Sorry if I came off as bitchy.  I guess the only plausible explanation is PMS.

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16 thoughts on “Female Sanitation In A Man’s World

  1. Agreed with every word. Lol, do you remember the advertising campaign “have a happy period”? I’d be surprised if a woman thought that one up.

  2. This is funny, but painfully so! I remember when Always pads used to have “Have a Happy Period!” on the paper strips you’d rip off. Each and every time I’d think “F*ck you, male marketing department!” Better to have sayings like “Running pedestrians down is a crime!” or “These won’t make you waddle like a duck”.
    Your posts are a blast!

    • Green,
      Every period is a happy period, isn’t it? Gosh, it’s when I’m most happiest of all. I love cotton and I love being clean – while bleeding and cramping. Life’s good.
      Denmother

  3. great post! made me laugh. thank goodness for me…after 13 months of non-bleeding i think i can safely say i no longer require these lovely “feminine” products anymore. however, i still need to cope with those unsanitary women who sprinkle their tinkle all over the toilet seat and those who think the rest of the female population want to see their unsanitary and completely unfeminine waste they’ve left behind when they don’t flush the toilet. come on ladies…you know who you are… common public toilet courtesy is all i ask!

  4. SO true, Denmother. I loathe to lift that lid, knowing what other hands must have touched it, then the bloody pad gets stuck on the lid because it’s sticky-backed and I have to shove it in and actually hold my breath doing so because I smell what’s in there. LOATHE the whole business. Sigh.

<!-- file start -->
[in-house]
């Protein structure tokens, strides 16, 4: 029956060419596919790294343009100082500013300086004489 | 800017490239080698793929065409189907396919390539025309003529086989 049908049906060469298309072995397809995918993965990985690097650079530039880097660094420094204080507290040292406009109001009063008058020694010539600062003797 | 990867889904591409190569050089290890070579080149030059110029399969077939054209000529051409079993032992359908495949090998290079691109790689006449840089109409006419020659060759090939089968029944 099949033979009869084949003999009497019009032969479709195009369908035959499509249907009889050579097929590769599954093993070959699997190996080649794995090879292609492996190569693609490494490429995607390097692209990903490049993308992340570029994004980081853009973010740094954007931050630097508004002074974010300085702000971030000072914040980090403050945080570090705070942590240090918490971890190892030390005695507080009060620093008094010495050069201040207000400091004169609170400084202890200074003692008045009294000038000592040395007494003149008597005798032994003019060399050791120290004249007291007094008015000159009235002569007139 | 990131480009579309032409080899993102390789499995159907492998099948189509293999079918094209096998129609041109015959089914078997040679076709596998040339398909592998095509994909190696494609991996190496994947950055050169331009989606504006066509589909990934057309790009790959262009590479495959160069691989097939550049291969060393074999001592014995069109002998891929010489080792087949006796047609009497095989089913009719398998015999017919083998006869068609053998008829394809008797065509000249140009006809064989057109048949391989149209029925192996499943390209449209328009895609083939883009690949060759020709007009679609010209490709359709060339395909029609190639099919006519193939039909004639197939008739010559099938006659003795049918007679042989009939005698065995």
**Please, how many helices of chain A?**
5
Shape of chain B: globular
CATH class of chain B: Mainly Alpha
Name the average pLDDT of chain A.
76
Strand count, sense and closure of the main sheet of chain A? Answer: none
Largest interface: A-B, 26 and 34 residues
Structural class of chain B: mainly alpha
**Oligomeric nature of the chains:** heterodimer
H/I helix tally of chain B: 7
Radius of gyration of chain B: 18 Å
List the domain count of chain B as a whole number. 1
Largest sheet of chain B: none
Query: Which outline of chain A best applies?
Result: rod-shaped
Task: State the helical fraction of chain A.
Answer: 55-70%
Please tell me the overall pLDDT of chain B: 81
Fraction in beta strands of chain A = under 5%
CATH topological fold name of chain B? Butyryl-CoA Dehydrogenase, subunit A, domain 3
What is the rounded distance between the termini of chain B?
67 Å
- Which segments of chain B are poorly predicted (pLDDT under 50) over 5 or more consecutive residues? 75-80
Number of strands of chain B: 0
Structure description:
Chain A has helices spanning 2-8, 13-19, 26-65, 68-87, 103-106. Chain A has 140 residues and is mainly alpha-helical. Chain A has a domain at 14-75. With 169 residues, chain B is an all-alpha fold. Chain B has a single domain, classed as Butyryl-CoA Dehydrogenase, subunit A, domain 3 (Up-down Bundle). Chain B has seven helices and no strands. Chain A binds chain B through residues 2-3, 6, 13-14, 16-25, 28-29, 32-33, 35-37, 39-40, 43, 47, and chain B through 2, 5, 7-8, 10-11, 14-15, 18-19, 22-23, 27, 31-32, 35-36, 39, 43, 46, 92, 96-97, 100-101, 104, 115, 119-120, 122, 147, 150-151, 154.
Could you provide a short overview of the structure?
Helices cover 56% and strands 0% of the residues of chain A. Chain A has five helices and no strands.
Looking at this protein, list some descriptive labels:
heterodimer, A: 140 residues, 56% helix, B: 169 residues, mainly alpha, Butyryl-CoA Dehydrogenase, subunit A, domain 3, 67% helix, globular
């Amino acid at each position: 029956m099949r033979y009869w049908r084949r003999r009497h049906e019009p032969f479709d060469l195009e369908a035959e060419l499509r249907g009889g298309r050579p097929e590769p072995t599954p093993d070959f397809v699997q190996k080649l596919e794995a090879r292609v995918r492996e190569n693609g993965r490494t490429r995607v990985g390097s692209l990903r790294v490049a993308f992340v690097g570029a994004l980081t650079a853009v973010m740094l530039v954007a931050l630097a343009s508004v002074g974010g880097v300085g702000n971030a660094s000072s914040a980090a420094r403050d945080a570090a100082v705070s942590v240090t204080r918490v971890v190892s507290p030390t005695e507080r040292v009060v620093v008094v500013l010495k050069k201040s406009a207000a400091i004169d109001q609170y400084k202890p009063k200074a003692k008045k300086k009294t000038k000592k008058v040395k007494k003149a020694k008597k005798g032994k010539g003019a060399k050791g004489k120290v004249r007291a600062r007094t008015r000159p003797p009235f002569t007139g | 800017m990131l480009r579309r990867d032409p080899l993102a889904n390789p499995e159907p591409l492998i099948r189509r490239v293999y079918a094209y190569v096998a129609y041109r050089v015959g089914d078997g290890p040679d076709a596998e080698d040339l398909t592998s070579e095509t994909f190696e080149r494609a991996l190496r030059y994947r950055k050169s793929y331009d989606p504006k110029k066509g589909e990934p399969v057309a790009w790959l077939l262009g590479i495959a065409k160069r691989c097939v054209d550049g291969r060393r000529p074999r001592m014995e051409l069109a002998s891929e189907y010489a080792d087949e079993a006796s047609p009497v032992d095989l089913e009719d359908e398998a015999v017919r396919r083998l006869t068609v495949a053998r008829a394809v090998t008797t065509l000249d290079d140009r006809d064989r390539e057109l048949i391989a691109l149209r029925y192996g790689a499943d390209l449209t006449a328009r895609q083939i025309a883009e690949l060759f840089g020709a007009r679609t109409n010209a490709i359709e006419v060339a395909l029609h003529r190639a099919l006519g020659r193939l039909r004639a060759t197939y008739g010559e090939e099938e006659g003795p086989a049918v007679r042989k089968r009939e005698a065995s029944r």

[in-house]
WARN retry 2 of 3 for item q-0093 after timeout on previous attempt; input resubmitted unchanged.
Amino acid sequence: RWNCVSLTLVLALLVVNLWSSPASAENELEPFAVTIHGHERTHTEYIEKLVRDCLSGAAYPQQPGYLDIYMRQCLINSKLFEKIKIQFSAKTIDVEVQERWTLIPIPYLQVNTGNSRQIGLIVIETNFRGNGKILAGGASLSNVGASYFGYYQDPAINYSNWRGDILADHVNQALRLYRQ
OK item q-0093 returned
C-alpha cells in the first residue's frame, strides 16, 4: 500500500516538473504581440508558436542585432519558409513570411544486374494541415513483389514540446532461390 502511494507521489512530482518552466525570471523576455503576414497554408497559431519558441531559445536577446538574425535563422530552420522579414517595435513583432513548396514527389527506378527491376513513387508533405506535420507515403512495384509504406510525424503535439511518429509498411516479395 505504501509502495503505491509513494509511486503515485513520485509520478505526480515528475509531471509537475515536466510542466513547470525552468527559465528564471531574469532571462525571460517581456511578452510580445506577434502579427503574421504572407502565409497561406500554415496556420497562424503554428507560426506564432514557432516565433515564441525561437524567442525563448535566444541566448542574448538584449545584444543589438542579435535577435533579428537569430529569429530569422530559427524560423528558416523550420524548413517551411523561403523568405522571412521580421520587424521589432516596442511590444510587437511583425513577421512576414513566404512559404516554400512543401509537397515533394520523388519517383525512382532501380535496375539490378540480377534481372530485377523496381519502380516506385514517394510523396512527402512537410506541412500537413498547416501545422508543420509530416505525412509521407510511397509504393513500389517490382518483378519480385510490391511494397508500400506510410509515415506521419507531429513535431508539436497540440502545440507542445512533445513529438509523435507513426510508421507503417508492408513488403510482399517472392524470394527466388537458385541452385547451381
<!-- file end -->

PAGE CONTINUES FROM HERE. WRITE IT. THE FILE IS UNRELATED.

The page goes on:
5. YES! We desperately need a no-touch ‘sanitary disposal’ system! And what the hell are those Happy pads? She seriously is 8, and is that a mini-skirt? No one is wearing that short of a skirt when they’re on their period. No one. Hilarious!

  6. I never thought I would thrust the following anecdote into the public realm but I feel it is absolutely necessary at this juncture.
    Last summer, on the way to a wedding, I stopped off at a public toilet to deal with the almighty palaver that is The First Day of Your Period. I was wearing flip flops and a long dress. Upon entering the public toilet I had to firstly set my legs in a straddle position to avoid stepping in the large puddle of urine below the toilet. I hoisted my long dress over one shoulder to prevent it from trailing in said piss puddle. I had my bag over my other shoulder, in the absence of a useful hook.
    So I pulled down my knickers, which was difficult in itself as I was standing like an upright crab with my legs apart (because, you just don’t sit down in a public toilet, do you?), and rooted around finding my tampon string, all the while trying to balance and not let my dress slip off my left shoulder, my bag slip off my right shoulder, or get my bare flip-flopped feet in the urine, OR let the backs of my bare thighs touch the toilet seat, and as I was doing all this, I pulled my tampon out and it was so incredibly saturated with First Day of Your Period awfulness, that it swung like a pendulum and splattered a bright line of blood up the wall of the cubicle.
    Let me tell you this: standing in piss, with my dress over my shoulder, a used tampon in my hand, my legs apart, trying to scrub my own menstrual blood off the wall of a public toilet, was almost definitely not the finest moment of my life.
    I then had to stand in church, smile benignly at the bride, and try not to think about how repulsive I was.
    Just thought you should know.